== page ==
Consuming Consumables

Scene It? The DVD Game: Star Trek and The Simpsons

Scene It? The DVD Game: Star Trek and The Simpsons - Zeitgeist Films [$22.49]

The gift that keeps giving indeed. The Scene It? franchise has delivered once again with The Simpsons and Star Trek Deluxe Editions. The Simpsons edition is a game made for the family with trivia questions ranging from general ("What instrument does Lisa play?") to specific ("What’s the name of Springfield’s movie theatre?") -- making it perfect for teams. The interactive DVD adds to the fun the fun with clips from all 20 seasons, allowing new and old fans of Bart and his family to compete together. The Star Trek edition is also comprehensive with trivia pulled from all five television series and 10 movies. Fans of Enterprise and The Next Generation will enjoy the clips and games found on the interactive DVD. The creators of these games paid close attention to detail providing thoughtful show tokens to move around the board. Simpson aficionados will appreciate show icons such as the Springfield power plant, the three-eyed fish and family TV. As for the Star Trek edition, Trekkies will get a kick out of moving the franchise’s famous ships around the galaxy – the Enterprise, the Enterprise D, the Defiant and the Voyager. Either of these games would make a notable gift for the host/ess of this season’s best party. Just make sure the recipient is truly a fan, otherwise those tokens won’t move at all.

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The current cast of The Ferryman in London's West End. Photo by Johan Persson. (Courtesy of The Corner Shop)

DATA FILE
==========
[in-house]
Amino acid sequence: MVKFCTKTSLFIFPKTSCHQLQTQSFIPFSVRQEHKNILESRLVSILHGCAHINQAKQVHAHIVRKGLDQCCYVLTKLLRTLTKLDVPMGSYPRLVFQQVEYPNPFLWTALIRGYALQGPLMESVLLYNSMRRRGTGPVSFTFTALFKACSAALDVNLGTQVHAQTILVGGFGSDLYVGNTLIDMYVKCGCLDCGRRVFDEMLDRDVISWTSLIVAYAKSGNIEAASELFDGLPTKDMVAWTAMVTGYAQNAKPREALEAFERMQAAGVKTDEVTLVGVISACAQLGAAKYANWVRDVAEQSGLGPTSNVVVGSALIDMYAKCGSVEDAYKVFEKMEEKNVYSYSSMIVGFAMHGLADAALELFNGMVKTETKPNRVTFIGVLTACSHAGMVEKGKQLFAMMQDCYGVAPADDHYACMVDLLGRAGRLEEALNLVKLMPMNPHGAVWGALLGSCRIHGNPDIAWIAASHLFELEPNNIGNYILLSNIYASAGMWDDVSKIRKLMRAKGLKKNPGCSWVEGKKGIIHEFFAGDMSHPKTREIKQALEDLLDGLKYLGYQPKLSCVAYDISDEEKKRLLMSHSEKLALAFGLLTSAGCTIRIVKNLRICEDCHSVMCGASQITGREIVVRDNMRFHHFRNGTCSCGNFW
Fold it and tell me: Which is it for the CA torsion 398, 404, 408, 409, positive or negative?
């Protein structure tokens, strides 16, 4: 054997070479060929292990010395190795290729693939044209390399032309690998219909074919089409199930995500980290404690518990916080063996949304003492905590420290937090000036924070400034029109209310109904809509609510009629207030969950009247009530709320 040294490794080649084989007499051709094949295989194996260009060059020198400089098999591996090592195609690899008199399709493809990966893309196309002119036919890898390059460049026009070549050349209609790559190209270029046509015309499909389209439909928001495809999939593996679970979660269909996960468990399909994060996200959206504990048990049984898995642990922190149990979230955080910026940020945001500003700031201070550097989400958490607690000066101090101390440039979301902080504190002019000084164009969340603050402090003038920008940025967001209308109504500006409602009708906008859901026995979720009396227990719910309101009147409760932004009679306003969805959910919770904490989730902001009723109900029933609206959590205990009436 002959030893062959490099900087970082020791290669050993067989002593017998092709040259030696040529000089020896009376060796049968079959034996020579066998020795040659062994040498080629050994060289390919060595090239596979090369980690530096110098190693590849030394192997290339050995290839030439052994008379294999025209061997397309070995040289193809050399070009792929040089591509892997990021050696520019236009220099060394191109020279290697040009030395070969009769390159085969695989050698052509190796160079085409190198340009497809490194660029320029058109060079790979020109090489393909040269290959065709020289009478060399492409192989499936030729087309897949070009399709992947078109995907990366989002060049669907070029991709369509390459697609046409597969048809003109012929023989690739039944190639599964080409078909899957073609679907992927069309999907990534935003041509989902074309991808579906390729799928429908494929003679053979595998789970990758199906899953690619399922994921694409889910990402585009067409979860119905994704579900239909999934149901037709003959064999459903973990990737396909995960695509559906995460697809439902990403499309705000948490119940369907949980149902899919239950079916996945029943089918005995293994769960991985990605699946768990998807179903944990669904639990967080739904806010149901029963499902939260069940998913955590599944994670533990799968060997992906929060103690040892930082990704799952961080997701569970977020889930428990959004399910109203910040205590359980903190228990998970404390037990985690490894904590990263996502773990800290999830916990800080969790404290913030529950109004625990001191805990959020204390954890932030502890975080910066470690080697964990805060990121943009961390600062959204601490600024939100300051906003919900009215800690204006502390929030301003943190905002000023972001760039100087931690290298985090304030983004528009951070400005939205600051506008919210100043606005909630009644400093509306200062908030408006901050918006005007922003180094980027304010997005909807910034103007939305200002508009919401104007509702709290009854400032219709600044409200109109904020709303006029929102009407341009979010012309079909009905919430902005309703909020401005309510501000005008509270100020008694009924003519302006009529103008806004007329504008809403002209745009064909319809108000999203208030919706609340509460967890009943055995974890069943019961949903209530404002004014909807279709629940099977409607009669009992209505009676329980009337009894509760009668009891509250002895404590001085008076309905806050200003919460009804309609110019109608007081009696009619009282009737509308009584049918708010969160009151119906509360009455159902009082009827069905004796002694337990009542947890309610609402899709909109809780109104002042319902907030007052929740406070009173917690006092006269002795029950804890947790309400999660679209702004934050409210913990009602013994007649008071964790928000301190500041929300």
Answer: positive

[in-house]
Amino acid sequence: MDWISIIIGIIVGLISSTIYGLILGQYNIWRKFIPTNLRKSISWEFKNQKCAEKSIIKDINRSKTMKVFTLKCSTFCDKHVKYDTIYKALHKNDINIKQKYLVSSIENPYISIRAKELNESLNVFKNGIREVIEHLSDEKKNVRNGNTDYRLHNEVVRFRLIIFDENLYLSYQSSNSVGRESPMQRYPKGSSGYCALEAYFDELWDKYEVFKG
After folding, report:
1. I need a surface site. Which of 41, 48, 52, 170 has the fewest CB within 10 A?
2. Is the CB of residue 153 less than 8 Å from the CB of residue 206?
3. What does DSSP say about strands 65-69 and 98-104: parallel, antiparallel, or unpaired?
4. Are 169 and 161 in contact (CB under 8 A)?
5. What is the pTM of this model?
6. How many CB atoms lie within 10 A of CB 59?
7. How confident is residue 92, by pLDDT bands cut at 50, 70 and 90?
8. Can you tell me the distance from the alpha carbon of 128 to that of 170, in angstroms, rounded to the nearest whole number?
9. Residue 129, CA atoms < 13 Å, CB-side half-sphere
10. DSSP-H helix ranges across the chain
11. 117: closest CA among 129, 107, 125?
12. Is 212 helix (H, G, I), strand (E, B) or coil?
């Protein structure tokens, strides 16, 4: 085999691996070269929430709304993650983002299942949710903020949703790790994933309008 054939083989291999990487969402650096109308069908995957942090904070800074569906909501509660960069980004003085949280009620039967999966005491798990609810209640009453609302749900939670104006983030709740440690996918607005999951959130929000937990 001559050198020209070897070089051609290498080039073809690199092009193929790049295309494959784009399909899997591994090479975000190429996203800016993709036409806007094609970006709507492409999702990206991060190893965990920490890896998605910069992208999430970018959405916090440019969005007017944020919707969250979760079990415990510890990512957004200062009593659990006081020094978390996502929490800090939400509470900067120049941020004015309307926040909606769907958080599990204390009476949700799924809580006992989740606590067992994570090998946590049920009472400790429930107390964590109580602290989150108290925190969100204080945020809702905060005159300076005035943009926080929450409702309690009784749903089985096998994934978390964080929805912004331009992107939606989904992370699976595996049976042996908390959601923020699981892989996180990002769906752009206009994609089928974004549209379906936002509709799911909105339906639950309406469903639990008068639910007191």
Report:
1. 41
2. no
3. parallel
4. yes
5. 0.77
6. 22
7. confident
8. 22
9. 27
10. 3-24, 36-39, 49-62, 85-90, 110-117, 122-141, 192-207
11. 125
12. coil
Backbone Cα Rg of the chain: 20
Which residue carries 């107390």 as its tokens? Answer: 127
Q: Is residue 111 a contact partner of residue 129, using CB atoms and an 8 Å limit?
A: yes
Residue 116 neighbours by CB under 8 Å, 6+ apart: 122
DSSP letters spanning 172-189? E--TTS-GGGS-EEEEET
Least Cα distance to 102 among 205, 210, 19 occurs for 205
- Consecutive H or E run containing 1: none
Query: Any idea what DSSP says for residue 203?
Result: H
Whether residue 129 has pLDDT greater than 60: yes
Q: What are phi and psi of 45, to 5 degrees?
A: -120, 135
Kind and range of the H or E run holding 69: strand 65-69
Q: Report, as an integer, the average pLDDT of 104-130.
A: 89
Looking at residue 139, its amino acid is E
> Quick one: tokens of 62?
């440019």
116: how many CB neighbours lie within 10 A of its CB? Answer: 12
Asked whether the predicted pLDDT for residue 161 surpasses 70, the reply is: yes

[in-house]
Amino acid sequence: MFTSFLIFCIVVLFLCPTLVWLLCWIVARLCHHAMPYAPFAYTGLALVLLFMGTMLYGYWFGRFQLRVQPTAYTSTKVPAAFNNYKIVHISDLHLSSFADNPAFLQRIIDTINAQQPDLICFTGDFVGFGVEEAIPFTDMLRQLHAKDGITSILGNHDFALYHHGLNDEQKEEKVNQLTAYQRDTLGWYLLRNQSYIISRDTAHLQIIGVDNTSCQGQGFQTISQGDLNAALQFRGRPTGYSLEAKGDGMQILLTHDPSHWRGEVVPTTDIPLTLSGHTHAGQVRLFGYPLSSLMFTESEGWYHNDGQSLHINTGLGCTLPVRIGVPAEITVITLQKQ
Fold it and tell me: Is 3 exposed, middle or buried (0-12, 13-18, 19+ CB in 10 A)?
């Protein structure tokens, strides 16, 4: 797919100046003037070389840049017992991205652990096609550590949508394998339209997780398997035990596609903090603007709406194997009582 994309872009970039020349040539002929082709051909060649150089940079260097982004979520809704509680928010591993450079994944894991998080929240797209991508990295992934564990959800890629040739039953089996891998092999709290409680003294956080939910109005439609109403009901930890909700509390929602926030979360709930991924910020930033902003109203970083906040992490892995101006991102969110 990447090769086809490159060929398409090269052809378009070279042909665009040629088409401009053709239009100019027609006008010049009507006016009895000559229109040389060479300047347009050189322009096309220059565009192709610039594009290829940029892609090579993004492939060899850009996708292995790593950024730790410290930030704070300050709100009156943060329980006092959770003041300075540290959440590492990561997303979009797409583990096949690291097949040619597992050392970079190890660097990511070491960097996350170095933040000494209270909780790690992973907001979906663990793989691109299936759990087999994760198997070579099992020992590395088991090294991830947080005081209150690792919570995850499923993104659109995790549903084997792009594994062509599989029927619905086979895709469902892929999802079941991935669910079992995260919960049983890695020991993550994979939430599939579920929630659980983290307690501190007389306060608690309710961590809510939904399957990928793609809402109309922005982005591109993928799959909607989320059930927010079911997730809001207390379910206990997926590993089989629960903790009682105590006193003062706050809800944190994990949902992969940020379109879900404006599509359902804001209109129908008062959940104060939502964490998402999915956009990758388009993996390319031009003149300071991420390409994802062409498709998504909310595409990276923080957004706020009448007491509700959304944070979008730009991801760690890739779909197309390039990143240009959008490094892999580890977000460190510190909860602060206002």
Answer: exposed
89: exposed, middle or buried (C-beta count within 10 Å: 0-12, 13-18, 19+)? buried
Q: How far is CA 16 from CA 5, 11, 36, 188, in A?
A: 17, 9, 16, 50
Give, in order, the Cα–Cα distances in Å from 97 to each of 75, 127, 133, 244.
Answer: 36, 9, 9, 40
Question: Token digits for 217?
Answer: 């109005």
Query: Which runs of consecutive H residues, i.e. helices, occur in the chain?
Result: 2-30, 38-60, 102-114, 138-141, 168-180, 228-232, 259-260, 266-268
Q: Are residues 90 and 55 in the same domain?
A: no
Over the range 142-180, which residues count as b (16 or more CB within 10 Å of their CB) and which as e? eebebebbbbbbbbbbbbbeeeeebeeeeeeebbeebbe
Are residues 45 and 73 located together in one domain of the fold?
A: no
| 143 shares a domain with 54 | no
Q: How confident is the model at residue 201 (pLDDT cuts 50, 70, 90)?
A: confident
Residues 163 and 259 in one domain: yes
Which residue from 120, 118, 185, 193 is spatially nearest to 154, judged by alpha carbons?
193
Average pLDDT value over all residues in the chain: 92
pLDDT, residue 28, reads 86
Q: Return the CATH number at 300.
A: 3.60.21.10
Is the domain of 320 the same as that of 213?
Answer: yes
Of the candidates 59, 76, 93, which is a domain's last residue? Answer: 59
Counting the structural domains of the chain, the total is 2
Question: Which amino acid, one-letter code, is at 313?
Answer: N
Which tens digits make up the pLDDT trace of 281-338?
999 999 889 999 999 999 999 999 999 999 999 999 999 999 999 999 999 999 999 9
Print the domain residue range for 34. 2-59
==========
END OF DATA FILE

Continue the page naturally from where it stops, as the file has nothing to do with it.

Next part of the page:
Staggeringly multi-layered, dangerously fast-paced and rich in characterizations, dialogue and context, Jez Butterworth's new hit about a family during the time of Ireland's the Troubles leaves the audience breathless, sweaty and tearful, in a nightmarish, dry-heaving haze.

"Vanishing. It's a powerful word, that"

Northern Ireland, Rural Derry, 1981, nighttime. The local ringleader of the Irish Republican Army gun-toting comrades ambushes a priest and tells him that the body of one Seamus Carney has been recovered. It is said that the man had spent a full ten years rotting in a bog. The IRA gunslinger, Muldoon, orders the priest to arrange for the Carney family not to utter a word of what had happened to the wretched man.

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Aaron Sorkin's real-life twister about Molly Bloom, an Olympic skier turned high-stakes poker wrangler, is scorchingly fun but never takes its heroine as seriously as the men.

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There's something characteristically English about the Royal Society, whereby strangers gather under the aegis of some shared interest to read, study, and form friendships and in which they are implicitly agreed to exist insulated and apart from political differences.

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